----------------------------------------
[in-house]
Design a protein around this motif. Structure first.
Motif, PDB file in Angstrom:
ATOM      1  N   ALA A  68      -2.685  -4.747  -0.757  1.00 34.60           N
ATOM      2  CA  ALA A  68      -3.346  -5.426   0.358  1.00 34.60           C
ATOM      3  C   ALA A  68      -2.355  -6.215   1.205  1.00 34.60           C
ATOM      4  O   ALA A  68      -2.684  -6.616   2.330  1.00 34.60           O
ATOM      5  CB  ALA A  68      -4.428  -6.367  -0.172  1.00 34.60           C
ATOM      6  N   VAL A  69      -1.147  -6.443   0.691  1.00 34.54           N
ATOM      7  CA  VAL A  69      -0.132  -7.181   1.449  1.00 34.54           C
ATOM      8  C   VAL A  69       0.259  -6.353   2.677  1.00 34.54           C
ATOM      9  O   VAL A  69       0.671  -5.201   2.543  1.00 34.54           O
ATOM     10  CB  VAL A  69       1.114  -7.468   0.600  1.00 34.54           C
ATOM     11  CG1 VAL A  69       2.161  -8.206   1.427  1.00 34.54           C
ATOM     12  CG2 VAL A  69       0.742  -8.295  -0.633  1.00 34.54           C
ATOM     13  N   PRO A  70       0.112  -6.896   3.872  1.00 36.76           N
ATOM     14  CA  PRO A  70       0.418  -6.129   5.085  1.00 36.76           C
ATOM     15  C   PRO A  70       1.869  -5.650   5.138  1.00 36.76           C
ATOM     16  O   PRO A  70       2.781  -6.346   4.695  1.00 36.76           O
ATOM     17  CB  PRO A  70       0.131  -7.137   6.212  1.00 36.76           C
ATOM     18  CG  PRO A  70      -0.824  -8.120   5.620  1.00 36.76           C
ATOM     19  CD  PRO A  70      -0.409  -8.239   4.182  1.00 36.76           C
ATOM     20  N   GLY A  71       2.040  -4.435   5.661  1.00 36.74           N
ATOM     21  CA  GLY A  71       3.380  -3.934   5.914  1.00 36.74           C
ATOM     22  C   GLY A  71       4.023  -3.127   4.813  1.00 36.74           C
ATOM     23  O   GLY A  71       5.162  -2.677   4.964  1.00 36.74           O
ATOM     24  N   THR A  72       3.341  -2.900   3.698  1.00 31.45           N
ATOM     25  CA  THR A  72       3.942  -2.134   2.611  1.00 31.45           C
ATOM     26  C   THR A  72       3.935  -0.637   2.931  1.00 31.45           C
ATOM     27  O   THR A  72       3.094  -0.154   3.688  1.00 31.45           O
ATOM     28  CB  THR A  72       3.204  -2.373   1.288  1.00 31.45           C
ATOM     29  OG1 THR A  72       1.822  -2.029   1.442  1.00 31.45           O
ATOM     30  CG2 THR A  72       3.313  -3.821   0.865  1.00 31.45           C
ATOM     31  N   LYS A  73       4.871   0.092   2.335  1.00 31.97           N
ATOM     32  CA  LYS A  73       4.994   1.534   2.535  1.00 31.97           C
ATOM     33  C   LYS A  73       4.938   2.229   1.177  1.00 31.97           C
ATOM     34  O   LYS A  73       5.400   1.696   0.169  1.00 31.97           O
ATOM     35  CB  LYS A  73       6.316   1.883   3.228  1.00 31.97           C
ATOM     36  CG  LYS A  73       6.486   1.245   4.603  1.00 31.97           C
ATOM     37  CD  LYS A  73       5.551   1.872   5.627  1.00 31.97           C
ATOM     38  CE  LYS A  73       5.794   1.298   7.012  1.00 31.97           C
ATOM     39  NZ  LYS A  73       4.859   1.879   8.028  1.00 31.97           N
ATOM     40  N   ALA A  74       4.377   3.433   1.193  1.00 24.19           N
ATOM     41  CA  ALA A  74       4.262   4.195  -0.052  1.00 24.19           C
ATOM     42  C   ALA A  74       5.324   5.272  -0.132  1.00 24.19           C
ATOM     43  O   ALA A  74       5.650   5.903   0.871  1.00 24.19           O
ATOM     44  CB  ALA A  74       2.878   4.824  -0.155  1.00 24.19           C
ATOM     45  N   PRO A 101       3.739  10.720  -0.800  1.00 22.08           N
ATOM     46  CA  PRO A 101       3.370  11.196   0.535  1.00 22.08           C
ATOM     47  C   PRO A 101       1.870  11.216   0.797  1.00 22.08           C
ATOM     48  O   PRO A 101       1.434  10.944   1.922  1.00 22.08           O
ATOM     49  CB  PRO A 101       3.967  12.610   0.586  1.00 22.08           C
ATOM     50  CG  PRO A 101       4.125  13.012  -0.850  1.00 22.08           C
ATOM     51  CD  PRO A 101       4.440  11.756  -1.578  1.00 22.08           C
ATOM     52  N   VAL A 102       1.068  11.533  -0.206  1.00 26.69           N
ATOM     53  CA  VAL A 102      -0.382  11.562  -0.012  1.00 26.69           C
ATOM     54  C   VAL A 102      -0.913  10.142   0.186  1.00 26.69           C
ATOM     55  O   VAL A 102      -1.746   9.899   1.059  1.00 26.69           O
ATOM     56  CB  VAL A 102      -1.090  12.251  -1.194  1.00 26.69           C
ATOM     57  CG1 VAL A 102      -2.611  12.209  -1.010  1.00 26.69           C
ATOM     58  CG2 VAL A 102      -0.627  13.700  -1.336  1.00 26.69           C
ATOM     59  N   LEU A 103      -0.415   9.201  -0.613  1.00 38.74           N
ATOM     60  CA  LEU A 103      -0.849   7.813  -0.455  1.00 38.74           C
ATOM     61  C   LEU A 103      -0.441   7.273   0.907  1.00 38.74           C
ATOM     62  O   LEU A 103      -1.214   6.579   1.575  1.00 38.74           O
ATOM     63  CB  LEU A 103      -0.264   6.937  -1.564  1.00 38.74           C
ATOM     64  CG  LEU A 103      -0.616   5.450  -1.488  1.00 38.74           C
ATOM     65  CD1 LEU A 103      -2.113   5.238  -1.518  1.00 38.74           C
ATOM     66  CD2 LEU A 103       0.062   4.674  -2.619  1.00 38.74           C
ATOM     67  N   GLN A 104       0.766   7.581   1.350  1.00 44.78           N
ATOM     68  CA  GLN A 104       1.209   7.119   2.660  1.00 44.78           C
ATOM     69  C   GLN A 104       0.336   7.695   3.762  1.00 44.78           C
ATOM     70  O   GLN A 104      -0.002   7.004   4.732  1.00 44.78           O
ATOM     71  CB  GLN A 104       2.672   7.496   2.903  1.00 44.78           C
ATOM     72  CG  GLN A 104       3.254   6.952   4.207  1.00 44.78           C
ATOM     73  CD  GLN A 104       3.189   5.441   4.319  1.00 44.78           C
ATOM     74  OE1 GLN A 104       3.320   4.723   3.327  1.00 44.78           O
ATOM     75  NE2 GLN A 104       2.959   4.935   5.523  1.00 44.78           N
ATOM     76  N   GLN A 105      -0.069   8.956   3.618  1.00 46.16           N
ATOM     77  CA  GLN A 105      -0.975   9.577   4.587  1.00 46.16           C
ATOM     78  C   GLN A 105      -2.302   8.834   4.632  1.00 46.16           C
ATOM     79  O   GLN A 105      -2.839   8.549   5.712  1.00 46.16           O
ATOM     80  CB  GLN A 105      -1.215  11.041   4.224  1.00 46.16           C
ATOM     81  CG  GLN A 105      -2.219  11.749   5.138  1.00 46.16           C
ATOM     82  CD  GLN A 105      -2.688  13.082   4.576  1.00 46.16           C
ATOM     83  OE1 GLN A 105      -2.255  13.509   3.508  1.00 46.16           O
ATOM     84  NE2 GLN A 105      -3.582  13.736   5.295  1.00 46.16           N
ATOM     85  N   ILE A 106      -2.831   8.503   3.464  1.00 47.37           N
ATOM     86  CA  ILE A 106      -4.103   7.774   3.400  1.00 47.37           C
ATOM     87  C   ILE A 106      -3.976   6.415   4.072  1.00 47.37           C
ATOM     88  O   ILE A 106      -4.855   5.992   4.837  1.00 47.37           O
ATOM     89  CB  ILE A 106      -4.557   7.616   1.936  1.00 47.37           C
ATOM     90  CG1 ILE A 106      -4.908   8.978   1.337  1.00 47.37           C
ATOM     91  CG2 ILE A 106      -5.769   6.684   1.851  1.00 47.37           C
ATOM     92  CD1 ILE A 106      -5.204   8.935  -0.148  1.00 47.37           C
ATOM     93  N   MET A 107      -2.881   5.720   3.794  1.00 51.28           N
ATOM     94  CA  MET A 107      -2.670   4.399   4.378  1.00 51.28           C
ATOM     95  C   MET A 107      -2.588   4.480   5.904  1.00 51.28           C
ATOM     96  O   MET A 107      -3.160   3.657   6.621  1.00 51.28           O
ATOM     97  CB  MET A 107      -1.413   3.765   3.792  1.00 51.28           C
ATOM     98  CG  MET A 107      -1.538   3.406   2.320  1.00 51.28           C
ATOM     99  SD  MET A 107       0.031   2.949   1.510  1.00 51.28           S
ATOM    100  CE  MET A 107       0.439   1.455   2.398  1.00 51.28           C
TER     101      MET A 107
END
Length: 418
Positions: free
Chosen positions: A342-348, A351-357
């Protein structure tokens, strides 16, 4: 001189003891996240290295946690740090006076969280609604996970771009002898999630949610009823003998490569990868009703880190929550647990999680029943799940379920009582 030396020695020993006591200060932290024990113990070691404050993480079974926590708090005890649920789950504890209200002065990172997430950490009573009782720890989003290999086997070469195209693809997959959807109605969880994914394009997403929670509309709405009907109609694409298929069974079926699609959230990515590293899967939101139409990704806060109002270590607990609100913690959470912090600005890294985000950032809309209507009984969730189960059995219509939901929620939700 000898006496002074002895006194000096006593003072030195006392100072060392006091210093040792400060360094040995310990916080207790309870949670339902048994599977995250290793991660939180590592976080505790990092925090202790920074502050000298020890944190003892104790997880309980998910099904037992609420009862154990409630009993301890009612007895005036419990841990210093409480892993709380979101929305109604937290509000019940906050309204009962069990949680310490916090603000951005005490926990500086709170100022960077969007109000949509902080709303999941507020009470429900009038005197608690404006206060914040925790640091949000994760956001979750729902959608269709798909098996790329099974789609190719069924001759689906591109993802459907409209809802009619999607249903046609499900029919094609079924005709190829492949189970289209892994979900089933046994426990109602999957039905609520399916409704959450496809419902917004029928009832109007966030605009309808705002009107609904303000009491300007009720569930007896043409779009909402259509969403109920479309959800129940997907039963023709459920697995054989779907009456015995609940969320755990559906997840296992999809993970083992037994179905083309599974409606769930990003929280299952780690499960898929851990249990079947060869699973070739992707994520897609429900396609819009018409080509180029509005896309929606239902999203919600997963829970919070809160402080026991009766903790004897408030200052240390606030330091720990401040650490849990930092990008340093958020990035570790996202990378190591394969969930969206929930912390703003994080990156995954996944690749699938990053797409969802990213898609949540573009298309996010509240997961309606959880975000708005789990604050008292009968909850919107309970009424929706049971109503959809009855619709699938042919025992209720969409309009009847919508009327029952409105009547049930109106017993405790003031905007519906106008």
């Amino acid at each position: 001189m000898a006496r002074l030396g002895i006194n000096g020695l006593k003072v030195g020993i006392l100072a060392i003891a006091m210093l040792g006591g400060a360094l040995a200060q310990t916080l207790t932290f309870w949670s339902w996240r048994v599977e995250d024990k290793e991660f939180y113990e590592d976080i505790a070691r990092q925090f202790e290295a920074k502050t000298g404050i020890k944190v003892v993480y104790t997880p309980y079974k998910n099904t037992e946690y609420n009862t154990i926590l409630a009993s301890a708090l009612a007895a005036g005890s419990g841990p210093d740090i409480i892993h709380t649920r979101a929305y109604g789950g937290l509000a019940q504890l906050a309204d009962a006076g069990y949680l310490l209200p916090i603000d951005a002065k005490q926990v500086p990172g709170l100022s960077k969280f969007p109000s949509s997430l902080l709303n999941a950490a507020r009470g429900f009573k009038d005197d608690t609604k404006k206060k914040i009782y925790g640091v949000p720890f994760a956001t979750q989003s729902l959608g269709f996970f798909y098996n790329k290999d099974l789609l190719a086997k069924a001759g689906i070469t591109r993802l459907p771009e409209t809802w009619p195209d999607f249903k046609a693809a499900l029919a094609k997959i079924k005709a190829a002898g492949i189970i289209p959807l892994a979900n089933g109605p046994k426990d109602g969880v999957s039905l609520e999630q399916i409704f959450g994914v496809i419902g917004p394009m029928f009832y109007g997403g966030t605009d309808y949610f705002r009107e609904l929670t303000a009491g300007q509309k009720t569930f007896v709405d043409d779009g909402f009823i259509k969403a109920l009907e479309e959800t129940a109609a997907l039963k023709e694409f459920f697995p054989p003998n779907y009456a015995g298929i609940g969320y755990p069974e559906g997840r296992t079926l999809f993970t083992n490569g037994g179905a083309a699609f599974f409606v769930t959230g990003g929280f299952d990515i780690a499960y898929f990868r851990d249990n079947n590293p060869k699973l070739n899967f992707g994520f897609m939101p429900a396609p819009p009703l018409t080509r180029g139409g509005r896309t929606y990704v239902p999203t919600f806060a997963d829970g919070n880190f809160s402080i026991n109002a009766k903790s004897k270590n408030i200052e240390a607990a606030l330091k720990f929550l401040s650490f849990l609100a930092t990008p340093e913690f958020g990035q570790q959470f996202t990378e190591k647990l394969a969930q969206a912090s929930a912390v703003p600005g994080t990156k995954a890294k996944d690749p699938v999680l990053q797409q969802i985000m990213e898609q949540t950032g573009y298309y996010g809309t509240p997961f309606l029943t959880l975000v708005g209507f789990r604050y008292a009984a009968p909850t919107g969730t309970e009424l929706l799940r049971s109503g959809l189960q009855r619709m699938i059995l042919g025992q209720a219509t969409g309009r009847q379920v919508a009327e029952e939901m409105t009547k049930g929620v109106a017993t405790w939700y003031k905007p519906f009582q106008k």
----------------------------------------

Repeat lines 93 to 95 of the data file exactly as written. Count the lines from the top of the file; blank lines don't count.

ATOM     90  CG1 ILE A 106      -4.908   8.978   1.337  1.00 47.37           C
ATOM     91  CG2 ILE A 106      -5.769   6.684   1.851  1.00 47.37           C
ATOM     92  CD1 ILE A 106      -5.204   8.935  -0.148  1.00 47.37           C